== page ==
Monday, November 9, 2015

Grand Canyon NP, South Rim

At last! The Grand Canyon South Rim NP!
Grand Canyon NP, South Rim

Next morning we had our coffee as usual. It was very cold out all night and we had to use BOTH the furnace and the radiant heater to keep things above 60 in the camper.  Unusual, but I have noticed that if there is an icy wind, it stays much colder. Makes sense.  We got ourselves all ready and chose our route to the Grand Canyon.  There were patches of snow on the ground but the sky is brilliant blue and it should be a great day.  We were undecided about whether we would hike much or not.  Grand Canyon hiking is always very strenuous (for obvious reasons) but very rewarding.  Still, we have been going at it pretty hard every day and we were a little tired.

We arrived at the NP gate and showed them our ID and Annual Pass.  Best $80 you can spend if you are going to be visiting several National Parks in the year.  Just the entrance here at the Grand Canyon is $30.  We have been to 6 parks on this trip. Clearly a good investment! Plus, it's just good citizenship to support the National Parks.  They are worth supporting, and the Parks Service is doing a wonderful job keeping them amazing for us all to enjoy for our entire lives.  These passes will allow you free entrance to much more than just National Parks too, they are a bargain.

It was sunny and clear and beautiful, could not
have been more ideal to see one of the worlds wonders!
Long hikes were not on the agenda today.  Really the only hikes in park are grueling, into-the-canyon hikes or the 13 mile long rim trail.  We opted to start at one end and drive to the several viewing points and visit the exhibits there, taking time to enjoy the well-done displays the park offers, including the excellent movie shown in the beautiful theater at the Visitor's Center.

Before we began our tour, we paused in the parking lot for our brunch, and took our time as we always do. It's a great benefit to us not to have to try and find something healthful to eat at the expensive snack bars.  We are into day 11 of our trip and only one time have we purchased prepared food, and that was at a casino buffet.  (Exempt from the healthful eating rule!)  The upside to this (besides saving a ton of dough) is that we feel great during our travel.  Many people comment on a long trip that they have digestive upset or just don't feel their best, and they blame the trip, but I think it's more about the DIET. Works for us anyway.
it's the diet.  Never underestimate the impact of strange, low-quality food and drink on your body.

Inside the watchtower, built of rock from the canyon in
meticulous detail by a WOMAN no less!
As everyone always says about the Grand Canyon, it's impossible to describe, and I will have to agree.  It's just the most amazing, awe-inspiring sight, and every American should see it.  I would add that our choice to visit in the early winter was a great idea.  There were plenty of people there, but we had no problem with crowds or parking or annoying throngs of people in super-hot summer heat.  YUCK!  It was breezy and cool, requiring a coat and hat, but beautiful blue sky and blazing sun. The air was crystal clear and we could see for many miles. Ideal conditions for viewing the Grand Canyon!  Highly recommended. (This is early November).  We commented often on how miserable it would be with shoulder-to-shoulder crowds and 100 degree temps.  NO WAY!!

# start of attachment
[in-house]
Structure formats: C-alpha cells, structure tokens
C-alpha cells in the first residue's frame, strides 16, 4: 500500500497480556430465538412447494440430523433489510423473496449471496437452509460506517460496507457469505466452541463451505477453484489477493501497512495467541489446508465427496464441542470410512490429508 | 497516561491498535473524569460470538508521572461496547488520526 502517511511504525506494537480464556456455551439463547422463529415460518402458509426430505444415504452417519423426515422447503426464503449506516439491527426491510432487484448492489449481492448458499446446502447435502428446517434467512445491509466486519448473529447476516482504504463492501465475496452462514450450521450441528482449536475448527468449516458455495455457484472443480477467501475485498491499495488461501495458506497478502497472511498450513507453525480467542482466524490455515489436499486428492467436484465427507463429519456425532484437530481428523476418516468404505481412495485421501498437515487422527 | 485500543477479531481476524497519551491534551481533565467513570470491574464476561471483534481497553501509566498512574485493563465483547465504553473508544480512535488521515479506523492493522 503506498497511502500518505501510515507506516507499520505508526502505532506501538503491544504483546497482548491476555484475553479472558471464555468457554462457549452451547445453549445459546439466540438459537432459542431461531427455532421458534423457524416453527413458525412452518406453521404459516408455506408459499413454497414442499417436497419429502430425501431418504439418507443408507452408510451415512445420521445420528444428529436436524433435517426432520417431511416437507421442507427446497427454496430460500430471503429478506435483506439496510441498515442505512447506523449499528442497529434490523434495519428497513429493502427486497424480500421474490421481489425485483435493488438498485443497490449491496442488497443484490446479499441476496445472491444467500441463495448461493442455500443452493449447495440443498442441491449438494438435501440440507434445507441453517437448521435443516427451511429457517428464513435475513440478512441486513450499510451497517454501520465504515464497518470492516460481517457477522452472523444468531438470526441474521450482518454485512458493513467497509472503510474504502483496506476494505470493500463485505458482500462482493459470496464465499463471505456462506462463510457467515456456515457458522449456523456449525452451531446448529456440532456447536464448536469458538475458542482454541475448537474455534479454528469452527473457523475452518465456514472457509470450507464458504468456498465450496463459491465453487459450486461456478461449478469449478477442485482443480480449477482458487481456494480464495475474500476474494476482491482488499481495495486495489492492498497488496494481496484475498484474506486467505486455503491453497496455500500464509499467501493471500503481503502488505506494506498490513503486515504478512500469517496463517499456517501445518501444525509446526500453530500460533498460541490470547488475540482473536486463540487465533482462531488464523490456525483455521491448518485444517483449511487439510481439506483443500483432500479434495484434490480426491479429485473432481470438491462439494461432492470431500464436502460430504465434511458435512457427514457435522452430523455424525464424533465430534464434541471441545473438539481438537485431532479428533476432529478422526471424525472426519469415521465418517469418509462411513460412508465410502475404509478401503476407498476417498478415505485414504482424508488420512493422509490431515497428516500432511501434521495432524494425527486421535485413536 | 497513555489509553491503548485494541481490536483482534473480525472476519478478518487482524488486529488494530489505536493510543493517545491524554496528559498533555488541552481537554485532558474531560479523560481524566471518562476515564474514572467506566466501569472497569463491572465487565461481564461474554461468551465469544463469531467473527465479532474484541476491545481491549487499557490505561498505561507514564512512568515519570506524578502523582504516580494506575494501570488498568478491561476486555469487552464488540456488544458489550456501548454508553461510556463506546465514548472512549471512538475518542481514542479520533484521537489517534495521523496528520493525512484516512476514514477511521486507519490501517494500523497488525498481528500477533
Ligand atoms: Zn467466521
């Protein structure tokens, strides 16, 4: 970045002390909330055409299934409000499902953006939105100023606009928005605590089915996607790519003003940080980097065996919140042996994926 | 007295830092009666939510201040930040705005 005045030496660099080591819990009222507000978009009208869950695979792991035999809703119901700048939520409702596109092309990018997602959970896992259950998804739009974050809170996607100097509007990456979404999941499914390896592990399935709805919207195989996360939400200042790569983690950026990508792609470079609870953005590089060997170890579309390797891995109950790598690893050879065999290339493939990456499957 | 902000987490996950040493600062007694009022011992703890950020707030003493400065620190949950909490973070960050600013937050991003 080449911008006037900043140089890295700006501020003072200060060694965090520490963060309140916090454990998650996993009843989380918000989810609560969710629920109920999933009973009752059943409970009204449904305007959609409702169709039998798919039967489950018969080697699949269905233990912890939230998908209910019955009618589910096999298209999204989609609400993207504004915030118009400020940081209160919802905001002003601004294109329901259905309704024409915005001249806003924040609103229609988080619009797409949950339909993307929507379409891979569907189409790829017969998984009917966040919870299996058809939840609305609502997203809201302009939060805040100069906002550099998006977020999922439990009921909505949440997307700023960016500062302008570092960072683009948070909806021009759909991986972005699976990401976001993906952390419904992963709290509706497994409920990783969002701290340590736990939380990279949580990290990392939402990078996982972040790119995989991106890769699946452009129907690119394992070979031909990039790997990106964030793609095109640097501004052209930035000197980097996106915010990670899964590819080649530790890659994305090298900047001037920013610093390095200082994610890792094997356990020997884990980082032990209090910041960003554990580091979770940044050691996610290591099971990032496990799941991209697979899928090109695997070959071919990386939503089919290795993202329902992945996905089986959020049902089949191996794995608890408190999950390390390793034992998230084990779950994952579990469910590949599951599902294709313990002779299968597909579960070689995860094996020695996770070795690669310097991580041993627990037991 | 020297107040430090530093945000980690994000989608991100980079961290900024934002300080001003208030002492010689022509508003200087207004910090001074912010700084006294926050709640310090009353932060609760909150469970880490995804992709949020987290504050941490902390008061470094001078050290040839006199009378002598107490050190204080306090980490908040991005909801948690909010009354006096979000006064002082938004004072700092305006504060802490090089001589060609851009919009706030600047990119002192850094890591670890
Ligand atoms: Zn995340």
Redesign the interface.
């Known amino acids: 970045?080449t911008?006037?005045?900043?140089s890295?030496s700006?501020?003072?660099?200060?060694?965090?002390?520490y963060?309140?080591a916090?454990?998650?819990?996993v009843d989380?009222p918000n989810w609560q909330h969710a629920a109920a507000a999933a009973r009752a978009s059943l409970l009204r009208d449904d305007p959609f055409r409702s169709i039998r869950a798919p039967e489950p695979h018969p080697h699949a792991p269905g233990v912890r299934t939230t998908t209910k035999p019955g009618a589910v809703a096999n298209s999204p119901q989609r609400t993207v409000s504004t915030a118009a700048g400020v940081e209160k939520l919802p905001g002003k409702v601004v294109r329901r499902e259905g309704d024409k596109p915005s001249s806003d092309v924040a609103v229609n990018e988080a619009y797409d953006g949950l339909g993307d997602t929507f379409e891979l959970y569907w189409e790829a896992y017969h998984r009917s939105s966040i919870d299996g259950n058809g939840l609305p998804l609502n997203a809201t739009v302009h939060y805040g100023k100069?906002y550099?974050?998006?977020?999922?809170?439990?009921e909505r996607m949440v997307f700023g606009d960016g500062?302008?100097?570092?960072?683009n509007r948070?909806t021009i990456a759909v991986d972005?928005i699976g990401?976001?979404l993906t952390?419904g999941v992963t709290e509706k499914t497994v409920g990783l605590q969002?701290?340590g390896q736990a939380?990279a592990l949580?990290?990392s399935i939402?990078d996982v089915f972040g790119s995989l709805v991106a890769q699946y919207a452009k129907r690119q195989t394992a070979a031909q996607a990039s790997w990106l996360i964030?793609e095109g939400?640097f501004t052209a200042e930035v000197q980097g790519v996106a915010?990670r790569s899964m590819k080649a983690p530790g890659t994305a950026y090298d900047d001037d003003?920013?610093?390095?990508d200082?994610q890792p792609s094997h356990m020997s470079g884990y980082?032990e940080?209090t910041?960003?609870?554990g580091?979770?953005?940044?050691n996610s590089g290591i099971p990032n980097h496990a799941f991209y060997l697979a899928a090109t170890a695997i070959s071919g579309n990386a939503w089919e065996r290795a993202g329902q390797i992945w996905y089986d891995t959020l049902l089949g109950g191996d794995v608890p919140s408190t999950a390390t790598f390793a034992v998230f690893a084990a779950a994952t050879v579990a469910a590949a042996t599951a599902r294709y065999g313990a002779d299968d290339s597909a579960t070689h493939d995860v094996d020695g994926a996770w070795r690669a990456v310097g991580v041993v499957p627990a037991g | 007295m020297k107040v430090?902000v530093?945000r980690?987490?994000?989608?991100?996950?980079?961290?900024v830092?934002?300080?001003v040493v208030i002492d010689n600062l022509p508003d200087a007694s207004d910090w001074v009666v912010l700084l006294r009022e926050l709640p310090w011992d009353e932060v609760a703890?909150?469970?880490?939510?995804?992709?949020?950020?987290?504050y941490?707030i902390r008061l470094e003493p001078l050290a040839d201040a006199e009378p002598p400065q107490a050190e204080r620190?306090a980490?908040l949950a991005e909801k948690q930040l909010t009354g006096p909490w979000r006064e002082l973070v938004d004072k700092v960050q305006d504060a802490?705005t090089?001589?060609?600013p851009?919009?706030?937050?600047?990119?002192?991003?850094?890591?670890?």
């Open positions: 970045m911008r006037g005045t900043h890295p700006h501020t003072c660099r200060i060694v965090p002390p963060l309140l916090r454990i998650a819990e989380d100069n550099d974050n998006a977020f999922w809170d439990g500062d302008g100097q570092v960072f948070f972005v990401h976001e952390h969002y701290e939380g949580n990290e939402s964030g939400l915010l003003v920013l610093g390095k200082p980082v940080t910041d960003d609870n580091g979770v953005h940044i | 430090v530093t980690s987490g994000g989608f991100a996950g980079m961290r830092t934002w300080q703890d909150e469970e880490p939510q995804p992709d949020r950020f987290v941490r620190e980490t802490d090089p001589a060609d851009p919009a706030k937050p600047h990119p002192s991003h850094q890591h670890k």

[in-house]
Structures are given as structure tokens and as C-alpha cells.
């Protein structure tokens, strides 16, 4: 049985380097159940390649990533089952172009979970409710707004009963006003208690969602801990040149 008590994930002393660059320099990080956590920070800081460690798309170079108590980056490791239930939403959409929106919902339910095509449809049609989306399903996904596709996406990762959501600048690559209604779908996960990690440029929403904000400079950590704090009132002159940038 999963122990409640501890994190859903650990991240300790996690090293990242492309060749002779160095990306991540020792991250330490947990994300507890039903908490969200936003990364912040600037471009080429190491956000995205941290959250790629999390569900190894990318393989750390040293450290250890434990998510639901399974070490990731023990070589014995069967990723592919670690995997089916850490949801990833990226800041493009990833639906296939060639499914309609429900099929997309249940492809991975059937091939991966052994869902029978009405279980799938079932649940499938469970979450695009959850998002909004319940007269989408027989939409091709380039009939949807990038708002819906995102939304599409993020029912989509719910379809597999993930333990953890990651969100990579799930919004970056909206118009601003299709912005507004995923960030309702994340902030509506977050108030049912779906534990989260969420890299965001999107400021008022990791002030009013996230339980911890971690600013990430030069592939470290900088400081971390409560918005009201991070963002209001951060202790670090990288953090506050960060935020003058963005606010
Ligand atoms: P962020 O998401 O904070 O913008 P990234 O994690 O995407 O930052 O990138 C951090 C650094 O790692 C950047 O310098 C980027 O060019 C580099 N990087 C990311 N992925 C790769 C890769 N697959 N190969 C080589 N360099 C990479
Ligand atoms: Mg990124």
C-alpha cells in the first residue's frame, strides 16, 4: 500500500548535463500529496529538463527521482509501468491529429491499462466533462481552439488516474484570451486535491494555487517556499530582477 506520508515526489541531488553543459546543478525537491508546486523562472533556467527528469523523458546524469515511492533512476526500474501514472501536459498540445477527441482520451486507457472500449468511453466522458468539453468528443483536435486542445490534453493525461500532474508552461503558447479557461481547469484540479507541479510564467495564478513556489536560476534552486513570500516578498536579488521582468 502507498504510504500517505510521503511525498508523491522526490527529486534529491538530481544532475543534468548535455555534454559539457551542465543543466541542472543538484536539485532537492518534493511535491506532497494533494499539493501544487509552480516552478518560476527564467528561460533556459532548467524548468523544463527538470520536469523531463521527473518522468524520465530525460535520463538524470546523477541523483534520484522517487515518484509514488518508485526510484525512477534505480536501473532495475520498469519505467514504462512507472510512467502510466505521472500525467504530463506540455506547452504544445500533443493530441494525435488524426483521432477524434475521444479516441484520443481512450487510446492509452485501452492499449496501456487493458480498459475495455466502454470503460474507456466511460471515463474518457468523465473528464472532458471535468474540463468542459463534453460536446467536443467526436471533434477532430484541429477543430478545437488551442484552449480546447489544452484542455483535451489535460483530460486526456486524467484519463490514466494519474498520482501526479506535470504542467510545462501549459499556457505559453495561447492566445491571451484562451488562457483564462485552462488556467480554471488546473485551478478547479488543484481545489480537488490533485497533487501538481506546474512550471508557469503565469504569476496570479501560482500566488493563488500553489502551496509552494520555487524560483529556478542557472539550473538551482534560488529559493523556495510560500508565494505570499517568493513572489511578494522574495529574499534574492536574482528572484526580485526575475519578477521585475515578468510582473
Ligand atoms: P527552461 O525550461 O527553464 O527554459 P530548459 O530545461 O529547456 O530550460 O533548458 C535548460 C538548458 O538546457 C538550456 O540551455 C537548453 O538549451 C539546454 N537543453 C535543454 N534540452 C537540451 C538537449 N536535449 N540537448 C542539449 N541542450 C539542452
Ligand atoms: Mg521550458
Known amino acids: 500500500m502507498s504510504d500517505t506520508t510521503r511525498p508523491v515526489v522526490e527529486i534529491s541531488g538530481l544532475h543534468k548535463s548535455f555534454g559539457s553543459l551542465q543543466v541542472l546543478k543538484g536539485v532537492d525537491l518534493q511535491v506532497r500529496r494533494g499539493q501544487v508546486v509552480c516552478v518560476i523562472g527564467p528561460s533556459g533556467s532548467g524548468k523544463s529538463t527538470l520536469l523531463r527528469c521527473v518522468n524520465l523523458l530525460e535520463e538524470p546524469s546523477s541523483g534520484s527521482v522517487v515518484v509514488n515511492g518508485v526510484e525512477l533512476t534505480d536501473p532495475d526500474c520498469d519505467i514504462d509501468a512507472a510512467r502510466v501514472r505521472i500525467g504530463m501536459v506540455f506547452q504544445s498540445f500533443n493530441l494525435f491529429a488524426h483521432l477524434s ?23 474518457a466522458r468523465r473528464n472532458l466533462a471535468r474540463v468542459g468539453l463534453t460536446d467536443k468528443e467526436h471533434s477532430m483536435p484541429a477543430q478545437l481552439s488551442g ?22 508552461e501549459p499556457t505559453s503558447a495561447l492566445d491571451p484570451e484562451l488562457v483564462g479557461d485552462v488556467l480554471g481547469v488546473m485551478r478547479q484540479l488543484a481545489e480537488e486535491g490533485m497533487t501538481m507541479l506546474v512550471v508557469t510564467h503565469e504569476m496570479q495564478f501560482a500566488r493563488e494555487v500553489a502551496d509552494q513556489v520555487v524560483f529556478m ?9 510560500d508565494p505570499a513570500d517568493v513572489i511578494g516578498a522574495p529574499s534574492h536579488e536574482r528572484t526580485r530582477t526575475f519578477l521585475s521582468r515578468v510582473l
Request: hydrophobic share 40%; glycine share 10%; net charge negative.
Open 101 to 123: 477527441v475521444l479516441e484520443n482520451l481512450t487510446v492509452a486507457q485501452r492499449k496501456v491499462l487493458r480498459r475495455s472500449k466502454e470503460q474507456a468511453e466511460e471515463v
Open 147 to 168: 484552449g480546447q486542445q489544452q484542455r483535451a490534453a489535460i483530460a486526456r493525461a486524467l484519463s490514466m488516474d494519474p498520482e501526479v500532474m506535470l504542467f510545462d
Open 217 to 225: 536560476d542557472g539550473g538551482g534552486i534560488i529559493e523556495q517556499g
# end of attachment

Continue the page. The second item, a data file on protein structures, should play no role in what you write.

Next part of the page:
Boondocking, our favorite, only 4 miles outside the park gate.
Forest Road #688

We use the "Allstays" app to help us (among other tools) navigate to various things.  Places to sleep is the main reason we use it. We like it because it gives you the option to filter in or out whatever categories suit you.  We always monitor the Forestry Departments campgrounds because they are always located in National Forests (which are almost always vast stretches of wilderness in our western travels).  Luckily, only a couple of miles outside of the Southrim Grand Canyon you are back into the Kaibab National Forest, and that means Forest Service roads and campgrounds!  Most are very cheap or free and almost never full.  They often don't have entrance signs, only a small "FR" (Forest Road) marker with a number on it. We have enjoyed some of our most memorable, scenic and FREE stays on these forest roads.  Often, it isn't even a "campground" but just a long, dirt road and you can boondock on these for no cost, nation wide.  PERFECT for us truck campers!

Butterscotch trees, I love them. Their bark smells of butterscotch.
The downside? Well, there isn't one really.  Sometimes we come across a mess left by some LOSER people who leave their garbage, but that's not the norm.  Last night we were awakened by a sizeable pack of coyotes literally right outside our camper yipping and carrying on and playing and arguing.  Not such a bad thing, right?  They were probably searching for where the BBQ chicken smell was coming from, but we know to pack everything up and put it away inside when we stay in these remote areas, the wildlife is no joke there and you don't want to encourage them, also it's illegal and causes them to form bad habits around people that end up getting them shot.  Always put away your food and cooking items at night!

It was more brilliant sun the next morning as we headed south toward Williams, and then to an as-yet-undecided stopping point.  We are leaning toward Lake Mead and Hoover Dam and Vegas.  Sounds good to me!  I am really interested in seeing the devastatingly low level of Lake Mead. I have seen pictures, but I want to see it in person.  Even though we have been all over this area before, I have never seen Hoover Dam.  Must rectify that! And Vegas? Vegas is always on the agenda!

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